The Truth About Truman School by Dori Hillestad Butler

trumanschoolThe Truth About Truman School is a book I bought at the end of the school year, since it’s about a middle school and my sixth graders were getting ready to take their next steps to seventh grade themselves.  We had been having some problems with kids being mean to each other, and I knew they were tired of hearing me lecture and I was tired of giving the same speeches day after day, reminding everyone to please just BE NICE.  Most of my students had been attending school together since their preschool days; they were at the point of splitting up to go in different directions for the fall so they were sad, but they also knew just how to push each other’s buttons and drive each other bonkers.  (It’s a fine line between love and hate, so they say.)  So I figured maybe if I couldn’t say anything else, I could throw out a reading experience that some kids would pick up on, and I ended up buying this book.

In the story, Zebby and Amr are neighbors and best friends.  They had a third friend, Lilly, but they “lost” her to the popular group in middle school, and hadn’t really interacted with her much lately.  Zebby wants to be a journalist when she grows up, but is frustrated with the way the school newspaper is being run.  Everything is sugar-coated and nobody can write anything even slightly critical about the school.  She and Amr decide to start a website for school news, where anyone can post anything they want– best teacher/worst teacher, opinion pieces, polls, etc.  They promise that they will not censor anyone like the official school newspaper does.

Of course, this idea of letting anyone speak their mind without consequence begins to spiral out of control.  The site quickly becomes a gossip site, and Lilly is the main target.  Someone is spreading anonymous rumors about her, and going through a LOT of trouble to do it.  This story follows the effects of cyberbullying on Lilly and the others who were involved, by alternating narrators and multiple perspectives.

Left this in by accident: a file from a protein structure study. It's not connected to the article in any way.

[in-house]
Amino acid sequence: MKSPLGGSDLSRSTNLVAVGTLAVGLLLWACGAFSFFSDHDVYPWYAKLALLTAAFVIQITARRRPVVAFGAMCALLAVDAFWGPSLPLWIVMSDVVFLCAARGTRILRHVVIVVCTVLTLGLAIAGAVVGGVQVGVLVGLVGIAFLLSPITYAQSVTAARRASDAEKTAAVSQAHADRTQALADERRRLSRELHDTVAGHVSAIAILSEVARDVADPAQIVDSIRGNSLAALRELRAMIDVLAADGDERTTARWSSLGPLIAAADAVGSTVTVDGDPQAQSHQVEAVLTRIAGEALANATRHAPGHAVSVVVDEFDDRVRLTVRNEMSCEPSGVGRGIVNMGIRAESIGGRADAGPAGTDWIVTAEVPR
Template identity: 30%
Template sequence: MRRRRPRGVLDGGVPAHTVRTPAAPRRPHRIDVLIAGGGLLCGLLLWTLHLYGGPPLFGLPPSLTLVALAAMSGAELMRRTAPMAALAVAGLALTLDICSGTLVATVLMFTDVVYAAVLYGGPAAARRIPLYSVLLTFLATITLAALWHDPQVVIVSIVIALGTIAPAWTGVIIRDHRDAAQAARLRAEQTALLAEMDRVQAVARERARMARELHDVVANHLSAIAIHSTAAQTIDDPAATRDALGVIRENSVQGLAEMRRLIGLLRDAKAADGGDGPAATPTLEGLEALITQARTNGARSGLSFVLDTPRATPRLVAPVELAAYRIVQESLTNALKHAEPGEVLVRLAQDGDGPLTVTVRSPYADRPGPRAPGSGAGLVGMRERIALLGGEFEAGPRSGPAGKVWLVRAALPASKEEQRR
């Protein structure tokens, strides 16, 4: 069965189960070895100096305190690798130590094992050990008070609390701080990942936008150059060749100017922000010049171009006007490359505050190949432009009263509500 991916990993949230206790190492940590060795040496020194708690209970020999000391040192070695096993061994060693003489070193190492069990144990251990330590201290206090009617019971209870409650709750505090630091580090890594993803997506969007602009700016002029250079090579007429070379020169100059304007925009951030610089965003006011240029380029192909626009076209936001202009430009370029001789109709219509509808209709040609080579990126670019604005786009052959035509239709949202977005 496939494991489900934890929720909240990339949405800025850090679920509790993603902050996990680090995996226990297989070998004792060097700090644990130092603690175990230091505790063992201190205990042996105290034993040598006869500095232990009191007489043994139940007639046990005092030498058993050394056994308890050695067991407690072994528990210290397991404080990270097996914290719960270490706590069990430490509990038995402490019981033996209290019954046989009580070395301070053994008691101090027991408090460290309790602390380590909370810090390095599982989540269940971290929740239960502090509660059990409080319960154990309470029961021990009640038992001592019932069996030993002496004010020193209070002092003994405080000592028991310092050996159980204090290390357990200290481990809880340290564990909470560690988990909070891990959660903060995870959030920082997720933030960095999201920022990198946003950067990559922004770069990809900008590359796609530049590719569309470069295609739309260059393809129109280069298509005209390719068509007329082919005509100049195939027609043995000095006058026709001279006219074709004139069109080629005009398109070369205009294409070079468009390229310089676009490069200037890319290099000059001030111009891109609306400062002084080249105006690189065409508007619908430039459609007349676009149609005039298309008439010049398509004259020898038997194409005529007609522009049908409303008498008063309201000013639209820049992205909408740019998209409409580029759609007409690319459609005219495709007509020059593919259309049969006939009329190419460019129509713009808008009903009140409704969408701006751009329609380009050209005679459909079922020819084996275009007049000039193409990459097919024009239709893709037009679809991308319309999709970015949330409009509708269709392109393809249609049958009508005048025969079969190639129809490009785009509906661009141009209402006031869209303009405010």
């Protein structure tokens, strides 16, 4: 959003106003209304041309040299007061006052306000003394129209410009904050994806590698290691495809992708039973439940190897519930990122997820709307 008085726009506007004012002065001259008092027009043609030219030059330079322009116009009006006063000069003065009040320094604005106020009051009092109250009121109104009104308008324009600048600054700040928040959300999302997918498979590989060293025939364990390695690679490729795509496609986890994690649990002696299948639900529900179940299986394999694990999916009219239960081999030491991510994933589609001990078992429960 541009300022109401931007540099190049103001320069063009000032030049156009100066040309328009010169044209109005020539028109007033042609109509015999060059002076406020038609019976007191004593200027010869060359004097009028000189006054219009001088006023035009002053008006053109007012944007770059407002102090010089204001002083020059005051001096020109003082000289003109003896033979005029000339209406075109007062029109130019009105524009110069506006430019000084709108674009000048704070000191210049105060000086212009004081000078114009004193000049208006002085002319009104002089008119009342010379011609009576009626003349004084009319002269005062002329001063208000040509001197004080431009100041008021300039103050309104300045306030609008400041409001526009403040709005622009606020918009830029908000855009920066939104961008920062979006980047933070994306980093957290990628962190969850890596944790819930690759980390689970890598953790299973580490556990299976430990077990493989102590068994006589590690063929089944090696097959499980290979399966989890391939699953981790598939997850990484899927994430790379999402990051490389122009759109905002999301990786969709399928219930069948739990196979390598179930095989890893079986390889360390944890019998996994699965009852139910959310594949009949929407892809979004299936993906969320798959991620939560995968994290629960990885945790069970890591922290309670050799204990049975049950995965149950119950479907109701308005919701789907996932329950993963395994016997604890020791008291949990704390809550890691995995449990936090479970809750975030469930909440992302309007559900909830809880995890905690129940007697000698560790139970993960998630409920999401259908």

I thought it was a very up-to-date topic, and was handled very well.  I do wish that the mean girls had expressed a bit more remorse, or indicated that they had learned a little something from their part.  Two of the stories end with a very flippant, “It was just a joke, no big deal” kind of attitude.  I suppose that’s real life though.  Not everyone will get it or have as much empathy as we would like.  You might recognize yourself in any one of these characters, or maybe more than one, since this age is so complicated for all of us.  It’s good to know that we aren’t alone, even if it sometimes just feels like us and a fictional character.  That’s why we read, to make connections.  And maybe reading something like this can help you learn to reach out to a friend who is struggling or even to make changes in yourself.

This was a really fast read, especially since there are no chapter breaks.  That always makes it hard for me to put a book down because I never know where to stop!  The Truth About Truman School has an AR level of 4.4 and is worth 6 points.



This is totally not a book….

…But it IS an amazing story, and I just have to share it with all y’all.  If you have 20 minutes to watch an inspirational short film, please check it out.  This is a follow-up to the original ESPN short from 2009.  I was lucky enough to discover it because my brother-in-law was the camera man (and you can actually see him in this one!)  Watch this and be thankful.

What can you overcome?